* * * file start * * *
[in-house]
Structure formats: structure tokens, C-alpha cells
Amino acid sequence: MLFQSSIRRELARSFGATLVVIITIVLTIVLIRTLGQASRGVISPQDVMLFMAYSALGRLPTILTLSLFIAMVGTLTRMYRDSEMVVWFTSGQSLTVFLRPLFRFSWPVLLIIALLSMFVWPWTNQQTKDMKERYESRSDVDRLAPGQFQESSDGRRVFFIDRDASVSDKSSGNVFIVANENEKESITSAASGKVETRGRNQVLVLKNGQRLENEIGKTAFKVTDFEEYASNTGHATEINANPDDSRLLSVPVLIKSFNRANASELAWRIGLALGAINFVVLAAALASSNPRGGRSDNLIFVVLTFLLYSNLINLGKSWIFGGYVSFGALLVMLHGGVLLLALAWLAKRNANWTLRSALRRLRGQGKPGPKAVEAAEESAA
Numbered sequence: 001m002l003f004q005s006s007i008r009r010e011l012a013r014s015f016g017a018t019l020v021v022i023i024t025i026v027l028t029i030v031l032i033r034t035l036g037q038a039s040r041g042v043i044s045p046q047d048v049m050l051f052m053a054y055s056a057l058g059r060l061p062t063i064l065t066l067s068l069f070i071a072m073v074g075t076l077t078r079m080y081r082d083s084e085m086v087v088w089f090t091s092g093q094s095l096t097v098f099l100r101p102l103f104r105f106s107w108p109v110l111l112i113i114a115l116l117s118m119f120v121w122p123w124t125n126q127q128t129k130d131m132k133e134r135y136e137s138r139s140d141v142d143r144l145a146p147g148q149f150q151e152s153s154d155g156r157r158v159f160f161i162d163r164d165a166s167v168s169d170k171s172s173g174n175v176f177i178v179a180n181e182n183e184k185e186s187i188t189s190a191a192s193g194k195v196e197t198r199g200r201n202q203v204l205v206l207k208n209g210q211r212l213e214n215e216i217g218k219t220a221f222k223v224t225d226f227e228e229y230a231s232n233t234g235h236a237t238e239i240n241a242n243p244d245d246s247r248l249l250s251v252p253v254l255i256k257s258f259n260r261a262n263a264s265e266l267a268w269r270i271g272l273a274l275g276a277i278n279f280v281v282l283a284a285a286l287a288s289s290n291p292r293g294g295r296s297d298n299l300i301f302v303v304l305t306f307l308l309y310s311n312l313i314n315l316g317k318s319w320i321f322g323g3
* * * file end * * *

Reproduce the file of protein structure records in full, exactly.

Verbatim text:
[in-house]
Structure formats: structure tokens, C-alpha cells
Amino acid sequence: MLFQSSIRRELARSFGATLVVIITIVLTIVLIRTLGQASRGVISPQDVMLFMAYSALGRLPTILTLSLFIAMVGTLTRMYRDSEMVVWFTSGQSLTVFLRPLFRFSWPVLLIIALLSMFVWPWTNQQTKDMKERYESRSDVDRLAPGQFQESSDGRRVFFIDRDASVSDKSSGNVFIVANENEKESITSAASGKVETRGRNQVLVLKNGQRLENEIGKTAFKVTDFEEYASNTGHATEINANPDDSRLLSVPVLIKSFNRANASELAWRIGLALGAINFVVLAAALASSNPRGGRSDNLIFVVLTFLLYSNLINLGKSWIFGGYVSFGALLVMLHGGVLLLALAWLAKRNANWTLRSALRRLRGQGKPGPKAVEAAEESAA
Numbered sequence: 001m002l003f004q005s006s007i008r009r010e011l012a013r014s015f016g017a018t019l020v021v022i023i024t025i026v027l028t029i030v031l032i033r034t035l036g037q038a039s040r041g042v043i044s045p046q047d048v049m050l051f052m053a054y055s056a057l058g059r060l061p062t063i064l065t066l067s068l069f070i071a072m073v074g075t076l077t078r079m080y081r082d083s084e085m086v087v088w089f090t091s092g093q094s095l096t097v098f099l100r101p102l103f104r105f106s107w108p109v110l111l112i113i114a115l116l117s118m119f120v121w122p123w124t125n126q127q128t129k130d131m132k133e134r135y136e137s138r139s140d141v142d143r144l145a146p147g148q149f150q151e152s153s154d155g156r157r158v159f160f161i162d163r164d165a166s167v168s169d170k171s172s173g174n175v176f177i178v179a180n181e182n183e184k185e186s187i188t189s190a191a192s193g194k195v196e197t198r199g200r201n202q203v204l205v206l207k208n209g210q211r212l213e214n215e216i217g218k219t220a221f222k223v224t225d226f227e228e229y230a231s232n233t234g235h236a237t238e239i240n241a242n243p244d245d246s247r248l249l250s251v252p253v254l255i256k257s258f259n260r261a262n263a264s265e266l267a268w269r270i271g272l273a274l275g276a277i278n279f280v281v282l283a284a285a286l287a288s289s290n291p292r293g294g295r296s297d298n299l300i301f302v303v304l305t306f307l308l309y310s311n312l313i314n315l316g317k318s319w320i321f322g323g3